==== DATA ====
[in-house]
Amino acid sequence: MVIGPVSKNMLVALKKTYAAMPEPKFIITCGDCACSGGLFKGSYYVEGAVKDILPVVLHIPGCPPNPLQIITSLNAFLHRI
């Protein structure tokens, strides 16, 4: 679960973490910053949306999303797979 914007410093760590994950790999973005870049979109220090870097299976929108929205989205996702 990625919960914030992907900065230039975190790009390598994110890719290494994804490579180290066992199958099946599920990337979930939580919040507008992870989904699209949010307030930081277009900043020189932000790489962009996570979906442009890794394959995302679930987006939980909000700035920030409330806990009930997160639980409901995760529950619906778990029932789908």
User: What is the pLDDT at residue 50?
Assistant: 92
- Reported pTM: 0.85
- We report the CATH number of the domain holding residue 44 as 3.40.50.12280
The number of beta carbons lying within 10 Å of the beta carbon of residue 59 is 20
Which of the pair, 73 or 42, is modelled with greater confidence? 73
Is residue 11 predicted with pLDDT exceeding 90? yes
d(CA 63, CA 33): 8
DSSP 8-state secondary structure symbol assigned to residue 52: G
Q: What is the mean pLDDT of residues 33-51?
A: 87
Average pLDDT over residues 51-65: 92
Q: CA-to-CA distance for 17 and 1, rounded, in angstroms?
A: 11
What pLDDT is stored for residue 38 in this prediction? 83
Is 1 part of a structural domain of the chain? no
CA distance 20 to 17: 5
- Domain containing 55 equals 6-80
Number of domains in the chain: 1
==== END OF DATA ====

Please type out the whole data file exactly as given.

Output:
[in-house]
Amino acid sequence: MVIGPVSKNMLVALKKTYAAMPEPKFIITCGDCACSGGLFKGSYYVEGAVKDILPVVLHIPGCPPNPLQIITSLNAFLHRI
């Protein structure tokens, strides 16, 4: 679960973490910053949306999303797979 914007410093760590994950790999973005870049979109220090870097299976929108929205989205996702 990625919960914030992907900065230039975190790009390598994110890719290494994804490579180290066992199958099946599920990337979930939580919040507008992870989904699209949010307030930081277009900043020189932000790489962009996570979906442009890794394959995302679930987006939980909000700035920030409330806990009930997160639980409901995760529950619906778990029932789908």
User: What is the pLDDT at residue 50?
Assistant: 92
- Reported pTM: 0.85
- We report the CATH number of the domain holding residue 44 as 3.40.50.12280
The number of beta carbons lying within 10 Å of the beta carbon of residue 59 is 20
Which of the pair, 73 or 42, is modelled with greater confidence? 73
Is residue 11 predicted with pLDDT exceeding 90? yes
d(CA 63, CA 33): 8
DSSP 8-state secondary structure symbol assigned to residue 52: G
Q: What is the mean pLDDT of residues 33-51?
A: 87
Average pLDDT over residues 51-65: 92
Q: CA-to-CA distance for 17 and 1, rounded, in angstroms?
A: 11
What pLDDT is stored for residue 38 in this prediction? 83
Is 1 part of a structural domain of the chain? no
CA distance 20 to 17: 5
- Domain containing 55 equals 6-80
Number of domains in the chain: 1